My friends with Macintosh computers are in love. But I am not there yet.
Saddled with a dying, virus-weakened PC, I took the plunge and purchased an iMac in December. Love often begins with attraction. I was drawn in by the huge screen, its promise of easier graphic design and multitasking. How could I resist the hope of living in a virus-free world even temporarily, knowing that someday evil forces will crack the Mac, and innocence will be lost.
Once I figured out that the “command” key is the equivalent of the “control” key on a PC, I started making the Mac my primary computer. But then there was also the optional Magic Trackpad to get used to. The mouse replacement is a flat pad with its own sign language. It requires me to learn to use one, two, three or four fingers depending on how I want it to move within a document and among other open windows.
It is kinda cool, as all Mac products have that “cool” factor to them. But I still have not mastered it, so I cannot report the “Wow” factor as of yet. The track pad also requires me to click a bit harder, which has aggravated a right wrist already weary of two-plus decades of mouse clicking. Benefitting the most from the Mac requires a complete conversion to its world. I don’t have an iPhone. While my carrier now carries the phone, I am contract-locked. So, I will have to wait to fall in love with the symbiotic connection between my computer and phone. Let’s not forget the iPad. Living without one in today’s world is a miracle in and of itself!
My delicious 27” window to the world became a brick wall once I asked my iMac to fulfill the demands of my PC. But how could it, when there are still many PC programs not Mac ready? Mac does offer new applications for free or at little expense. Some programs are less expensive than those I bought for the PC, but the prospect of replacing everything at once is daunting and costly. It took me years to replace my cassette tapes with CDs.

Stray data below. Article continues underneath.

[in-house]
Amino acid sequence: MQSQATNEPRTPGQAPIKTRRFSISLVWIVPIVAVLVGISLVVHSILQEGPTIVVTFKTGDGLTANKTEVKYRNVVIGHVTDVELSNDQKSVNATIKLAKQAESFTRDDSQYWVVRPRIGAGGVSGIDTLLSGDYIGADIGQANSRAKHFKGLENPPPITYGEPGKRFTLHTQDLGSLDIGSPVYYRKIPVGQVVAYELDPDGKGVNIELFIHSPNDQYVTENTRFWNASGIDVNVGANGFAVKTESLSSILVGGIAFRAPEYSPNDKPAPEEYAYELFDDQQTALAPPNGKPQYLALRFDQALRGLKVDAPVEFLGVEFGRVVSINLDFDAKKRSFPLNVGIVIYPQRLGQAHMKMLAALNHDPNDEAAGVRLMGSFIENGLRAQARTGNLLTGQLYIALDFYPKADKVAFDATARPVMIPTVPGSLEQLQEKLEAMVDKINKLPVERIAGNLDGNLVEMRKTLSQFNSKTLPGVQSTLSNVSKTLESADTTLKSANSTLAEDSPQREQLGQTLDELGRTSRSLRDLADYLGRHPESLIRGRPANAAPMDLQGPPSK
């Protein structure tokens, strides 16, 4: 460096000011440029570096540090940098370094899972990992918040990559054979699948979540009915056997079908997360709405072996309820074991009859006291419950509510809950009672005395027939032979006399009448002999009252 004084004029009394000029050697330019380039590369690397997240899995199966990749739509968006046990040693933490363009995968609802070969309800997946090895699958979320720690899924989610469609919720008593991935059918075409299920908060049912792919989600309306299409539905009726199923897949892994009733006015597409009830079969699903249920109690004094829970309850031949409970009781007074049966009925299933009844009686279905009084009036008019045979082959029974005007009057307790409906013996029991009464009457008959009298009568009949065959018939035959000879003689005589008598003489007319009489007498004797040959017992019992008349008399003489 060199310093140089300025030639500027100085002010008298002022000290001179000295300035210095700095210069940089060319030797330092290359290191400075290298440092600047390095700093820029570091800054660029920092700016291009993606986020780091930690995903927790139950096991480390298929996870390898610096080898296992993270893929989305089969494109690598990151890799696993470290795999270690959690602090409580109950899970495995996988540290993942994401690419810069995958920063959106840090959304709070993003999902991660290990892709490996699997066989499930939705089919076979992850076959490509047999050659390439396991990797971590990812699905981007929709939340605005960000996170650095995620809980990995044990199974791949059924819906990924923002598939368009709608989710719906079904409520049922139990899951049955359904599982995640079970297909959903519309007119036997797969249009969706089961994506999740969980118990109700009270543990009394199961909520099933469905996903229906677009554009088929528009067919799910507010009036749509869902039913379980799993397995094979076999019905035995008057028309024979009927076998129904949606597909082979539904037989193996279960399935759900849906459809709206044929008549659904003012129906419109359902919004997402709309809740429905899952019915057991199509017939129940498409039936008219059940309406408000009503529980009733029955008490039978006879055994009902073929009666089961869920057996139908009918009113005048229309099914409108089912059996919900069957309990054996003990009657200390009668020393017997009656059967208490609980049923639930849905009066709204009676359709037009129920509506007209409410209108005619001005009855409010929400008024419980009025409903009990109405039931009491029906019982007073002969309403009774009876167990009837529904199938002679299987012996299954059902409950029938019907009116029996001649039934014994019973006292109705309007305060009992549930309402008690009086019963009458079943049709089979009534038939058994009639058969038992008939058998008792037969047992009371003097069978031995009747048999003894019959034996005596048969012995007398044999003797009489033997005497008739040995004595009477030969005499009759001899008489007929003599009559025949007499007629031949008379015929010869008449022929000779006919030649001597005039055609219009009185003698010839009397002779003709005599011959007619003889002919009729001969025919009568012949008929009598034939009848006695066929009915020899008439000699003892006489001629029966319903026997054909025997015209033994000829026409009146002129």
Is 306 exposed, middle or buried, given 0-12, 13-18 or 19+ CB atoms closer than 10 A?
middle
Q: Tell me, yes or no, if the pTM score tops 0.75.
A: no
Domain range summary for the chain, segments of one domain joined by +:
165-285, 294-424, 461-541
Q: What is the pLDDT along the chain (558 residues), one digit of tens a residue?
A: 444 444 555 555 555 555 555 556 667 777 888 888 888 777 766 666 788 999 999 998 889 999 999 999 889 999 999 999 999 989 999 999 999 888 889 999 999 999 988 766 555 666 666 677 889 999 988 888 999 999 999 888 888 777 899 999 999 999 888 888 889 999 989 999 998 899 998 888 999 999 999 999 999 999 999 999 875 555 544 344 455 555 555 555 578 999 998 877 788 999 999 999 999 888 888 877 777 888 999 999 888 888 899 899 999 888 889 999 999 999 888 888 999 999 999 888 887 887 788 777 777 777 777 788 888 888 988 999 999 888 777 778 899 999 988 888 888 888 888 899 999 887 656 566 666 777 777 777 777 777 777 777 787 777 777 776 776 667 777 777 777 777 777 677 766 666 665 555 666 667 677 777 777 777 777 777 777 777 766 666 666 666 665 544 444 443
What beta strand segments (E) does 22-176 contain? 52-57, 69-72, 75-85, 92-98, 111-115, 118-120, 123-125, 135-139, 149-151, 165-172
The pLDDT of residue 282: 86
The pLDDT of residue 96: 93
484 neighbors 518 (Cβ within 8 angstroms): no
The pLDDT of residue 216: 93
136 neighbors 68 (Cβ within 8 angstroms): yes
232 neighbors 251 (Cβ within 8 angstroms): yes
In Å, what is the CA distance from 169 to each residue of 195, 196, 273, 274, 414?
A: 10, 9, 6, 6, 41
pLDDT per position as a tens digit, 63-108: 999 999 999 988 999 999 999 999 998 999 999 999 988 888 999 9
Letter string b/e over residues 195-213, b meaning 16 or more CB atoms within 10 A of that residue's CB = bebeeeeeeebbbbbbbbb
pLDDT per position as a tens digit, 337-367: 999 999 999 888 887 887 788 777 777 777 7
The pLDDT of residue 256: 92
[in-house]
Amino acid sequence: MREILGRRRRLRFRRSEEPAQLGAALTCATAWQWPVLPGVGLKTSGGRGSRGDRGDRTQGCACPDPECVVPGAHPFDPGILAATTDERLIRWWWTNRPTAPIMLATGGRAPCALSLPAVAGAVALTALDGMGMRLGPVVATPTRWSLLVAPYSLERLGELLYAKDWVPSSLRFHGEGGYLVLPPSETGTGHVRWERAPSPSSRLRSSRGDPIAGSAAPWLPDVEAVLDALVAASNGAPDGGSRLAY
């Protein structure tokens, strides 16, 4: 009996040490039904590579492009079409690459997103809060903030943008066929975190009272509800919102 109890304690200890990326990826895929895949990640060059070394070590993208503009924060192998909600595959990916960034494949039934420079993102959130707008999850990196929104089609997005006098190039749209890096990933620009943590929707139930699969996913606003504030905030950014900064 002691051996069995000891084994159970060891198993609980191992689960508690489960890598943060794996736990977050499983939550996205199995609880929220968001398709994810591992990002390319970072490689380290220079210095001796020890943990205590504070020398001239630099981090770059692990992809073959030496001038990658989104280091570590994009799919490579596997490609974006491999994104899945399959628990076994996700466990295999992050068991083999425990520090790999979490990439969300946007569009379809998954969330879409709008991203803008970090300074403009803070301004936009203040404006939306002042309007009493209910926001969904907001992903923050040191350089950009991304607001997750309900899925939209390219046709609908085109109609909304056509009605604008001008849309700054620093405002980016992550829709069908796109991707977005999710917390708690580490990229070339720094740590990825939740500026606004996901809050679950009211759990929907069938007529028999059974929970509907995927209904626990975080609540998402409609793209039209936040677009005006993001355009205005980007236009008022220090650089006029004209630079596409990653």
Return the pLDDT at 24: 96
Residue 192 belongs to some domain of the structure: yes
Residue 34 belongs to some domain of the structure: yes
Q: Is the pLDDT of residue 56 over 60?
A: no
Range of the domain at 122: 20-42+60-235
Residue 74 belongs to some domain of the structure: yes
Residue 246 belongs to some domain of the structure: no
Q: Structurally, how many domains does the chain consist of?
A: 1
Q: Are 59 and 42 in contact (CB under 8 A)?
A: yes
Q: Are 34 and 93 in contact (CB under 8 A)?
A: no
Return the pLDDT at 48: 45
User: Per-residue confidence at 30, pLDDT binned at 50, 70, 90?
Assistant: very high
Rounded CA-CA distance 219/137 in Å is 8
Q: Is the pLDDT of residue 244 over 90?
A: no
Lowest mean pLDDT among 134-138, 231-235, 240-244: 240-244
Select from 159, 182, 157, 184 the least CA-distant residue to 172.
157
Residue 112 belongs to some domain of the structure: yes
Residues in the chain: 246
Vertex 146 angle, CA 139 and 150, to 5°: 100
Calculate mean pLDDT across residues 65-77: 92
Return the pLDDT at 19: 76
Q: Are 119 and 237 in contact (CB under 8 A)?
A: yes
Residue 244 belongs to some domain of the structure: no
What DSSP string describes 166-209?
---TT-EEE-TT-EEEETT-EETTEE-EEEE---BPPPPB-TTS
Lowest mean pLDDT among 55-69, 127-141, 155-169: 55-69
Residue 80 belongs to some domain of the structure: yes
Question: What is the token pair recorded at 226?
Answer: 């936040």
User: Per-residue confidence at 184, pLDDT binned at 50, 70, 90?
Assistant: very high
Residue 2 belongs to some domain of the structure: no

For the $2,000 I paid, it would have been nice to actually get a book that explained everything, including how to use it and what it can do. But those of us who still like to read on paper are outmoded. Instead I bought a book from an independent author.
My delicious 27” window to the world became a brick wall once I asked
my iMac to fulfill the demands of my PC.
I did finally attend a free class at the Mac store. The trainers, young enough to be the children of the three attendees, were friendly and helpful. They are as comfortable in front of computer screens as I am with books and paper.
They encouraged me to experiment and go online to get specific questions answered. “Oh, sure,” I thought. “I have plenty of time to play on my computer amid raising my children, keeping house and running a business. No problem!”
I am still waiting to fall in love with my Mac. I am hopeful that I will. In the meantime, I use both computers.
If you are considering making the conversion to the Mac, my advice is to prepare. Clear off your schedule so you can spend a lot of time getting to know it.
When my schedule clears, I am going on vacation!